The answer to whether air-fried foods are healthy is: It depends. They can be, but certainly don’t have to be.

This answer really depends on a bunch of factors. One of which is what you are making. You can make lots of unhealthy snacks in air fryer – that doesn’t mean they will suddenly become “healthy”.

Traditional deep-fried foods – like mozzarella sticks – don’t just become nutritious and less calories because they are air-fried.

One factor you can control – which can impact nutrition and health – is the amount of oil you use for cooking in the air fryer. You certainly can be more intentional with the amount of oil you’re using. For example, we have noticed that we use less oil when air frying vegetables than when roasting them in the oven. 

Do You Need To Use Oil In An Air Fryer?

The answer to this question is in many cases no. You don’t need to use oil for many foods. However, many foods – especially vegetables – will turn out crispier with a little bit of oil.

It’s also important to use a little bit of oil if you want to add seasoning to the food you plan on air frying.

If you don’t add any oil, the seasoning – even just salt and pepper – might fly around in the air fryer and get stuck on the heating element causing smoke.

What Can You Cook In An Air Fryer?

Because you are cooking with hot air and not submerging food in oil, you can cook lots of different foods in an air fryer.

Popular foods to make in the air fryer are vegetables, potatoes in various shapes and sizes such as French fries (both homemade and frozen store-bought fries) and many other finger frozen foods. A personal favorite of ours is sweet potato fries

You can also make meats, such as air fryer chicken breasts, wings, meatballs, etc. in the air fryer. You can check out our recipe index for various different air fryer recipes.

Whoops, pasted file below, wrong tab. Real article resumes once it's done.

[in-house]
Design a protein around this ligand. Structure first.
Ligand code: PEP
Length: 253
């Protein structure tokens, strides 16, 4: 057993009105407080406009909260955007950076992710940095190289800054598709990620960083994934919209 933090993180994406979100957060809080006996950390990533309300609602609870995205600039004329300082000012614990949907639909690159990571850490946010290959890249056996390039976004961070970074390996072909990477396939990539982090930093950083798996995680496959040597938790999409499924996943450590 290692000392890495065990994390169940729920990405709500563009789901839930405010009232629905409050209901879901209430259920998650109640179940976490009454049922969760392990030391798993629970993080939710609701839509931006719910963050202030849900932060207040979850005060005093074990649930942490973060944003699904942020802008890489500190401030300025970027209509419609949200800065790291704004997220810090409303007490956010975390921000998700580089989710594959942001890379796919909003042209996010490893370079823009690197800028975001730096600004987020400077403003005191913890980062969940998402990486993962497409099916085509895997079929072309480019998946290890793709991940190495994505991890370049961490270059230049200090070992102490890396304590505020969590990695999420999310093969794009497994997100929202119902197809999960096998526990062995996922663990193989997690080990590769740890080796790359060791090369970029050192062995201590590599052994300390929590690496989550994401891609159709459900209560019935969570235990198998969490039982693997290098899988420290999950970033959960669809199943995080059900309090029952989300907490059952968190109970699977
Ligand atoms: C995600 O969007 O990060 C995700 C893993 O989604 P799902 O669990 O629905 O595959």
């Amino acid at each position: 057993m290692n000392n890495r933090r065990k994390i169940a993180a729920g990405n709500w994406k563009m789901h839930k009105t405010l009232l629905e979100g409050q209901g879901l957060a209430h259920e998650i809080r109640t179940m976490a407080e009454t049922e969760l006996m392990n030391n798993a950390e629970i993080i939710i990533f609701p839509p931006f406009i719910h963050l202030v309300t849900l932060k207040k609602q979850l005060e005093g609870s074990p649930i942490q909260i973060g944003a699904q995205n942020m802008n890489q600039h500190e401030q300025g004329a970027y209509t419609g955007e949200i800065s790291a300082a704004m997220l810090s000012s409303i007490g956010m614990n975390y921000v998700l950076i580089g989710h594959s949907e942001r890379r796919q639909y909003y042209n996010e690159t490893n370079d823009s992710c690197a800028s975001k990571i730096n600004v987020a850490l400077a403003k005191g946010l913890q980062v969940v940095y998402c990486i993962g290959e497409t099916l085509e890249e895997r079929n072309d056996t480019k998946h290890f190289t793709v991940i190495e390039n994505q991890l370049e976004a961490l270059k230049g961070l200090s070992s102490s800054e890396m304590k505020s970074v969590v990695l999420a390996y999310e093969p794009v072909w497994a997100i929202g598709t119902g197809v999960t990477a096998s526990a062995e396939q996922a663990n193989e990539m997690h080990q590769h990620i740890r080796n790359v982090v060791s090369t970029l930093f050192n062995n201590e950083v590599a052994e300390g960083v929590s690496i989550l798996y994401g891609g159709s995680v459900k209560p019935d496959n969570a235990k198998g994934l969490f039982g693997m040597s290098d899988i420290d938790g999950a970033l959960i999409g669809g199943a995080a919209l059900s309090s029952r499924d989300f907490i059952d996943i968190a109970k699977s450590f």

One thing that you should not cook in an air fryer is items with “wet batters”. Things with liquid batters would include homemade pancakes, freshly battered fish, or onion rings.

(One small exception to this rule is homemade buffalo cauliflower wings because the batter used is “wet” but not very runny!)

Breadings – like using bread crumbs – for fish and meats or air fryer pickles, and store-bought finger foods with coatings like pre-made chicken nuggets, etc. are generally better for the air fryer.

Are Air Fryers Worth It?

In our opinion, yes, air fryers are worth it. The food has a great flavor and is easy to prep and cook.

However, there are so many different air fryer models out there. Before you buy, it’s important to compare their features and price with other models to find one that works for you.

Also, if you already have a convection oven or a toaster oven with convection setting then purchasing an air fryer might not always be worth it. 

In general, air fryer cooking makes it faster to cook vegetables than in the oven due to their smaller size. At the same time, you can only add so much to an air fryer because overcrowding can reduce food quality.

Sometimes that means cooking in smaller batches. So, if you have lots of mouths to feed, you have to make the assessment of whether an air fryer is worth it. 

Of course, having a new trendy appliance can bring some fun back into cooking. This can be great if you’re struggling to get motivated to cook. This can be a bonus benefit but should not be the only reason for getting an air fryer!

And there you have it – a rundown on how an air fryer works. In the end, we like our air fryer and the food it produces for us as two people. They are generally easy to operate, easy to experiment in, and can last a long time with a little care!

Happy Air Fryin’,

– L+E